War Tapes are a fine sample of a burgeoning group of artists
whose trance-like spirals and synth textured psychedelics harbor a
chill-out vibe that garners riffs garbed in shoegazy esthetics. The
band's latest record The Continental Divide has common denominators
relatable to a sect of modern artists who have been lumped in the
newly dubbed chillwave for its likeness to '80s new wave complexions
and its throng of fluidly sonic raptures. War Tapes are more than
new wave revivalists, their music pervades a contemporary glint reflective
of The Airborne Toxic Event and an oasis-like plumage that
shares links to Klaxons and Amazing Baby. Their music
ejects dreamy rays that expand and retract in a harmonious choir of
glittering crystals and melodic swells that make their songs picturesque
and aurally pleasing.
The dreamy sonic effects and billowing flourishes in tracks like
"The Night Unfolds" and "Dreaming Of You" are
fringed in crackling slashes, and the pockets of crescendos that litter
"She Lied" are nicely stoked by Neil Popkin's vocals.
The echoey resonance of Popkin and Matt Bennett's guitar effects
in the channels of "Start Again" are buckled in gentle,
wavy motions, and the lustrous shimmers of his guitar strings in "All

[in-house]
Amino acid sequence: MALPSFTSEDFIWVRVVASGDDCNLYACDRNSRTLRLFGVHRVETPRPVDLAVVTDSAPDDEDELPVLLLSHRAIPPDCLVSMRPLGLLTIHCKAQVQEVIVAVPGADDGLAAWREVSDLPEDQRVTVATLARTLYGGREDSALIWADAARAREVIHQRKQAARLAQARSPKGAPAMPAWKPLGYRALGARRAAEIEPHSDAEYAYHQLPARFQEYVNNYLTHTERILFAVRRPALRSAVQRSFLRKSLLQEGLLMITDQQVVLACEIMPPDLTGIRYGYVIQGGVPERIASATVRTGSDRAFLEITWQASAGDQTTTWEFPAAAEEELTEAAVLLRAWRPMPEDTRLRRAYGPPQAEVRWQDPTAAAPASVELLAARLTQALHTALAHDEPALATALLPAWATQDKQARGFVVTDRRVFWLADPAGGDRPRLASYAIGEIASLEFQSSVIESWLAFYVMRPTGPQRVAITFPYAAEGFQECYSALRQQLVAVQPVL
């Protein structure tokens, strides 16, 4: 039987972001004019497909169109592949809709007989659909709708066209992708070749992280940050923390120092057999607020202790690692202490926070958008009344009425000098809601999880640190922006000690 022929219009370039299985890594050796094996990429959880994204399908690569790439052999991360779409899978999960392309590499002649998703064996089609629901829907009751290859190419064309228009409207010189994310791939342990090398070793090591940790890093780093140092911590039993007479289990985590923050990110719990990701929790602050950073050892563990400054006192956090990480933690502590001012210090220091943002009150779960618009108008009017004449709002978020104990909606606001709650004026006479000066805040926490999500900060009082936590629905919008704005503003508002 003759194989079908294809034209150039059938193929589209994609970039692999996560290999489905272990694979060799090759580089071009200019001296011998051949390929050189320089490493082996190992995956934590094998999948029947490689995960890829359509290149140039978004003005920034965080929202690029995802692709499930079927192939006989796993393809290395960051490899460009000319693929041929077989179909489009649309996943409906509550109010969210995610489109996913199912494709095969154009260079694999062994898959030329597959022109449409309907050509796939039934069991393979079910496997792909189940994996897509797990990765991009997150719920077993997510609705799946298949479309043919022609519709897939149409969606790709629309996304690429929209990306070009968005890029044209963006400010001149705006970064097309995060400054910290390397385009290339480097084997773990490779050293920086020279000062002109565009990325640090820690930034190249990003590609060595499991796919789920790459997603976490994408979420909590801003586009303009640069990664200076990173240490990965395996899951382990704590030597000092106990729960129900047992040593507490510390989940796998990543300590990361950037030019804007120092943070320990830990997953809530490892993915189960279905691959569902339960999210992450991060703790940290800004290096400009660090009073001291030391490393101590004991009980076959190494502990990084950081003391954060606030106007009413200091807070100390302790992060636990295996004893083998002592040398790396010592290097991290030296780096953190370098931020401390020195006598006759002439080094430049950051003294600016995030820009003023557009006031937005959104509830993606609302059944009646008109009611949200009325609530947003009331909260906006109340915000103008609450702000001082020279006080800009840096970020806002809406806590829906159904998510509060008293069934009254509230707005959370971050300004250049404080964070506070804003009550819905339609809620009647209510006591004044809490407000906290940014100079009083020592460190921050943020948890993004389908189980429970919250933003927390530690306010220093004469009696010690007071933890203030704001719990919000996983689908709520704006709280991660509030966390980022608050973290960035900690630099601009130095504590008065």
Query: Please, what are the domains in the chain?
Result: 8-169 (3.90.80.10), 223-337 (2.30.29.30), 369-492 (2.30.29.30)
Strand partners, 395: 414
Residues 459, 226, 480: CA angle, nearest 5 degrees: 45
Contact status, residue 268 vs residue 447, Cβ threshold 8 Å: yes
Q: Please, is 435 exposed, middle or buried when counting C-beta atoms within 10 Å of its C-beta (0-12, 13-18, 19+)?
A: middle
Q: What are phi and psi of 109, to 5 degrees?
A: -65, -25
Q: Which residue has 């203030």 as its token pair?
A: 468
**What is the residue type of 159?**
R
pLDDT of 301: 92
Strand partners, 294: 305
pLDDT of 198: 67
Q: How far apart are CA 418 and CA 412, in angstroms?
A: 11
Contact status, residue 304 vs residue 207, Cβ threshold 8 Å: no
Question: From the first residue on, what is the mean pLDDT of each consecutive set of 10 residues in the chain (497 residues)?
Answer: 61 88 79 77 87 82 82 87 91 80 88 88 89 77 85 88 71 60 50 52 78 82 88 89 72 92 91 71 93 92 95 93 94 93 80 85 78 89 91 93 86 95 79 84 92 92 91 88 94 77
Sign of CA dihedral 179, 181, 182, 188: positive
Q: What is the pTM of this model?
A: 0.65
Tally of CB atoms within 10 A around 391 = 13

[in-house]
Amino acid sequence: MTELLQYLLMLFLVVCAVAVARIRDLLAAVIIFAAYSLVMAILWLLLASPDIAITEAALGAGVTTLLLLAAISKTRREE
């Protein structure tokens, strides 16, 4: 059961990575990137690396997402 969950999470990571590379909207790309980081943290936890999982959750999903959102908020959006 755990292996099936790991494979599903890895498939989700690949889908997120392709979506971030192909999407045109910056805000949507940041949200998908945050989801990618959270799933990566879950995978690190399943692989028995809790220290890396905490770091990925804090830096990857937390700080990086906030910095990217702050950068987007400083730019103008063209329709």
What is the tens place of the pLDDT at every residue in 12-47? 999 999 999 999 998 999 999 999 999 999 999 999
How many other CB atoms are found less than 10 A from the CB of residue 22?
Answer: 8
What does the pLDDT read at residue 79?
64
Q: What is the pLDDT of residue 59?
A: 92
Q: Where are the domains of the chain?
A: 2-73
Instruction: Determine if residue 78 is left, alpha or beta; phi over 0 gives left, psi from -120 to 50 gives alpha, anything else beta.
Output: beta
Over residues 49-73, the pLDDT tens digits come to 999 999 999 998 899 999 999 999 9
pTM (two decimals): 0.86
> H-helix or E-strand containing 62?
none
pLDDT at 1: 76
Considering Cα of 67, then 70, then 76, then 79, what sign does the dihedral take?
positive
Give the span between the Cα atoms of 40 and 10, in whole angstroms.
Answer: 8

The World's A Stage" produce slippery glides and massive entanglements
that beef up the synth-embossed craters. The dance-pop grooves of
"Mind Is Ugly" are pillared in columns of guitar distortions,
and hydroplaned synths that morph into dales of rocky tremors along
"For Eternity" before closing with the soft flusters of
the piano-driven ballad "Fast Lane." Popkin's vocal arches
are lush, merging with the glistening guitar effects that sink into
the staunch rhythmic beats of bassist Becca Popkin and drummer
William Mohler, making for a harmonious union.
War Tapes' album suffers from the pitfall that many synth-inspired
artists fall into, which is repeating their sound track after track.
Their music starts out dabbling in experimental rock, but by the middle
of the record the songs begin sounding the same and [become] hard
to differentiate from one another. The entangling effects and seraphim-wrapped
layers are the result of heavy duty production work which gives the
band's tracks volume but not necessarily substance. The album is aurally
pleasing but lacks the individuality that the songs could have.
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